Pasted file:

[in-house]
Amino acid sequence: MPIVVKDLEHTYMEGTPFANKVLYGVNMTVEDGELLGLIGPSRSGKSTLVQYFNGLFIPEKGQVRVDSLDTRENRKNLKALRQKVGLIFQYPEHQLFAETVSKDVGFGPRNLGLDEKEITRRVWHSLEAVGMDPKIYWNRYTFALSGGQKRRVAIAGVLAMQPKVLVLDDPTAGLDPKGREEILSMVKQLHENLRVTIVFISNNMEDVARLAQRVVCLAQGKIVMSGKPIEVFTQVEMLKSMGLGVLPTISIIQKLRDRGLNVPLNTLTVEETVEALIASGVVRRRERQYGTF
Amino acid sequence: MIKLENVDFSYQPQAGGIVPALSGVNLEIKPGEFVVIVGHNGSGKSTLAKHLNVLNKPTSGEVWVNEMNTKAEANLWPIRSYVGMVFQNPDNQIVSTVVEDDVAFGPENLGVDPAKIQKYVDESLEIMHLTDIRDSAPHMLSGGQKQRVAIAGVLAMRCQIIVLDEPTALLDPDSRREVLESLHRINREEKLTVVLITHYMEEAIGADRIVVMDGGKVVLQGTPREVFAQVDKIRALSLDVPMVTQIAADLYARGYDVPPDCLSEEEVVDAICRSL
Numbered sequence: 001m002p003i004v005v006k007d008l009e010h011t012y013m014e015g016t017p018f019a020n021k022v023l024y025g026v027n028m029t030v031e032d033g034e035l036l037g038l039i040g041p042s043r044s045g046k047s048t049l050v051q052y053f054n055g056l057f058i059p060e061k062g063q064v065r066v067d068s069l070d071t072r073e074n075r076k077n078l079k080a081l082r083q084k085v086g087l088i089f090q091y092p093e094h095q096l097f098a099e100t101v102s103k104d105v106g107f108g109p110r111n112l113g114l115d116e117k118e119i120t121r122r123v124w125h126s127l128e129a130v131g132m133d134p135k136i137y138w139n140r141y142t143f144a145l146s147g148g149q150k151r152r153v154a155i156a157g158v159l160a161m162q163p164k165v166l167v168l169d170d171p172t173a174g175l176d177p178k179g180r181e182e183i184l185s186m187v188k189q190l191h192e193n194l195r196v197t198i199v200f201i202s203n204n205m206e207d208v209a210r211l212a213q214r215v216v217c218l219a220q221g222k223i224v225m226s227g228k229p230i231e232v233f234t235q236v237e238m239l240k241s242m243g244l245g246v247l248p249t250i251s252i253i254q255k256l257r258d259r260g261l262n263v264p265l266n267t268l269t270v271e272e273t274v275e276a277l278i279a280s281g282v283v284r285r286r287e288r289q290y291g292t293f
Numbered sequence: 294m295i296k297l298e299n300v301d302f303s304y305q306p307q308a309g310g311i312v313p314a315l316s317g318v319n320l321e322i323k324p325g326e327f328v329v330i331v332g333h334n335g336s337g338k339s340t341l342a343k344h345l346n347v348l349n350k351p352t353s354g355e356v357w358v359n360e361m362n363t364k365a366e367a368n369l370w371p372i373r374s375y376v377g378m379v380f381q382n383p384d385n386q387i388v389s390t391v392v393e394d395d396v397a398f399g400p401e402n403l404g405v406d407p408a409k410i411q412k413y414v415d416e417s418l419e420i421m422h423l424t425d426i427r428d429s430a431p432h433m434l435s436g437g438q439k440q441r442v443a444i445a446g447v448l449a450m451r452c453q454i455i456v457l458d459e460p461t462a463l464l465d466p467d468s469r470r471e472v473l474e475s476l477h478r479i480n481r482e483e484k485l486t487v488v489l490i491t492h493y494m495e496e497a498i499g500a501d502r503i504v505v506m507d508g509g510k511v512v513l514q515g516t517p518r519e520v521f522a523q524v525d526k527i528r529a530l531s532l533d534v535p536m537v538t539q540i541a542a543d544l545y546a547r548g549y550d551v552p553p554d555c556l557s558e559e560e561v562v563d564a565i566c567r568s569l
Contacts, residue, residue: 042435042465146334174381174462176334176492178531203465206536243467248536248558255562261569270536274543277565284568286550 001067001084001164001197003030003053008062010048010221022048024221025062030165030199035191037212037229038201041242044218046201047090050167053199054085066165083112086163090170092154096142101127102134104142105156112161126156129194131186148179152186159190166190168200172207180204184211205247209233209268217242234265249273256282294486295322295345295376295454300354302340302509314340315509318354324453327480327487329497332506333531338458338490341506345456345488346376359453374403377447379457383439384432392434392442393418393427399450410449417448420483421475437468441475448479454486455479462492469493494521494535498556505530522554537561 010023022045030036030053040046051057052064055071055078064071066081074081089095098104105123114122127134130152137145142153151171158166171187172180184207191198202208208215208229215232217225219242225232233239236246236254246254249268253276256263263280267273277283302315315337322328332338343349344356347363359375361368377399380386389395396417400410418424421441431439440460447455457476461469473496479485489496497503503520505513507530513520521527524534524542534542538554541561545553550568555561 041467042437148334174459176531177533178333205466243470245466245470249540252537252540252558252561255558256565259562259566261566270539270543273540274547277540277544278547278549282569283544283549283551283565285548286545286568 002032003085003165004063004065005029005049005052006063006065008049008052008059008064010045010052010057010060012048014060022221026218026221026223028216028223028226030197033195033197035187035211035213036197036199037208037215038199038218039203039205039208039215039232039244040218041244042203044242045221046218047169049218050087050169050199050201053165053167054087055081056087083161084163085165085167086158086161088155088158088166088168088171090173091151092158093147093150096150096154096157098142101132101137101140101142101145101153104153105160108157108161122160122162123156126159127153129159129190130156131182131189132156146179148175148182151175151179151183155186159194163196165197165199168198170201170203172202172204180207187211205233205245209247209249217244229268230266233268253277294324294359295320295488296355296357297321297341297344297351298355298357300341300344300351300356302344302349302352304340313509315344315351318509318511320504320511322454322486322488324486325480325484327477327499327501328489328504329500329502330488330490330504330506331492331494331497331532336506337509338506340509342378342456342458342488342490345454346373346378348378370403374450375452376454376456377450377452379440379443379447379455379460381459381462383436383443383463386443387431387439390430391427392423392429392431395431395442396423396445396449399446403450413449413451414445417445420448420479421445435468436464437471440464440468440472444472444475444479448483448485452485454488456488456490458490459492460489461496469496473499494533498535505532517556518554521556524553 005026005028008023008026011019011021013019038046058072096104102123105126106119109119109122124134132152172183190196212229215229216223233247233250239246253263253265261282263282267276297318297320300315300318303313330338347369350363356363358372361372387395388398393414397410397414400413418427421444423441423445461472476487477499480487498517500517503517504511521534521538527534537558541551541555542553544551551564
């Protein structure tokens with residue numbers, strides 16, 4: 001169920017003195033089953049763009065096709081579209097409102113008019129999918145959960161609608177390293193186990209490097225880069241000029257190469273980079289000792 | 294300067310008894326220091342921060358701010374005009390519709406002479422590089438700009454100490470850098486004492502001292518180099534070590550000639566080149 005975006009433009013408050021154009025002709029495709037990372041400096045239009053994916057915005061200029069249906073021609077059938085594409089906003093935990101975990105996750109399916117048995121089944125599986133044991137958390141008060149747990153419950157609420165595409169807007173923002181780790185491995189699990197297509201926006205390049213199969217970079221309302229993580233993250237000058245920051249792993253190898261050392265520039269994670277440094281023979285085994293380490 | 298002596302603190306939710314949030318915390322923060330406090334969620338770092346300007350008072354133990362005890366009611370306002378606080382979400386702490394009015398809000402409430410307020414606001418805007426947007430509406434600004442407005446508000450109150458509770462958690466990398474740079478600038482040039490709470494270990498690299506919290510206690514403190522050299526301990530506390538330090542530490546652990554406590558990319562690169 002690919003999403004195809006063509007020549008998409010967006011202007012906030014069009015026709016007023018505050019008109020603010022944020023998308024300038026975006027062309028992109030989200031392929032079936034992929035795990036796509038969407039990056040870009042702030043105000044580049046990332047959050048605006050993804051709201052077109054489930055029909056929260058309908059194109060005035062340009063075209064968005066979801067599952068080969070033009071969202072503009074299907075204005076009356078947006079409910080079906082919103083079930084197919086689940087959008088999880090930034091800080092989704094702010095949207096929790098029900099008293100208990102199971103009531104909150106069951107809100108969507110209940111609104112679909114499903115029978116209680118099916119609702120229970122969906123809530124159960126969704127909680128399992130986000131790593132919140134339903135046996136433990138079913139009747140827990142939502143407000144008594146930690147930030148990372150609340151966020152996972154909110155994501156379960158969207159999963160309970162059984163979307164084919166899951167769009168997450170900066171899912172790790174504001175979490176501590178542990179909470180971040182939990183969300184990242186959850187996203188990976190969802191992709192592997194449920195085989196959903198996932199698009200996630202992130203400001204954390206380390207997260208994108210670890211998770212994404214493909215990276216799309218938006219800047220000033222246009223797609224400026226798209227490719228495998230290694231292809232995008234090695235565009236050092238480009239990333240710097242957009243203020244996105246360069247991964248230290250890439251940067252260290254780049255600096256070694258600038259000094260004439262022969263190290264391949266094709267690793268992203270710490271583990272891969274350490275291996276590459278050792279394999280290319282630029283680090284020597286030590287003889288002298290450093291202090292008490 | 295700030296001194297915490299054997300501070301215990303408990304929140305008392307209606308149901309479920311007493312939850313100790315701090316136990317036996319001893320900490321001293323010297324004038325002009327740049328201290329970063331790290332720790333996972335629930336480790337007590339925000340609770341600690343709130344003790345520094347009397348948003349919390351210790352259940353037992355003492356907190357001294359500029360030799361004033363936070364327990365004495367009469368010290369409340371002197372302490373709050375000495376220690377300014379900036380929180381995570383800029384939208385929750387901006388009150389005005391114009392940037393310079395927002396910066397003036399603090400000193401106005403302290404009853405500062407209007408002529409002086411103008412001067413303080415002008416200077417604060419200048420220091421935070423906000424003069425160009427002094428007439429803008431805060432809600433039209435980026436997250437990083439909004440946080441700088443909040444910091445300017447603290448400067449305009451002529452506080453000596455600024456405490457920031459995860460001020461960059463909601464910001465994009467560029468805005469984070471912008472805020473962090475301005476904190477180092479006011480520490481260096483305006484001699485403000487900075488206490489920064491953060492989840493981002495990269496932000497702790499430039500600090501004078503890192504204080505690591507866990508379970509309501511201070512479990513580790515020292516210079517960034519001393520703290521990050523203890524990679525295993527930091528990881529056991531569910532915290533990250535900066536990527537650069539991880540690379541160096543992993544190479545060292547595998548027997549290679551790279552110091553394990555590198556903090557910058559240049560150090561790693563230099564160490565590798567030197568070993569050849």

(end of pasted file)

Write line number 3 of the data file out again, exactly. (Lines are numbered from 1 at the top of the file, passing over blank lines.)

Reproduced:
Amino acid sequence: MIKLENVDFSYQPQAGGIVPALSGVNLEIKPGEFVVIVGHNGSGKSTLAKHLNVLNKPTSGEVWVNEMNTKAEANLWPIRSYVGMVFQNPDNQIVSTVVEDDVAFGPENLGVDPAKIQKYVDESLEIMHLTDIRDSAPHMLSGGQKQRVAIAGVLAMRCQIIVLDEPTALLDPDSRREVLESLHRINREEKLTVVLITHYMEEAIGADRIVVMDGGKVVLQGTPREVFAQVDKIRALSLDVPMVTQIAADLYARGYDVPPDCLSEEEVVDAICRSL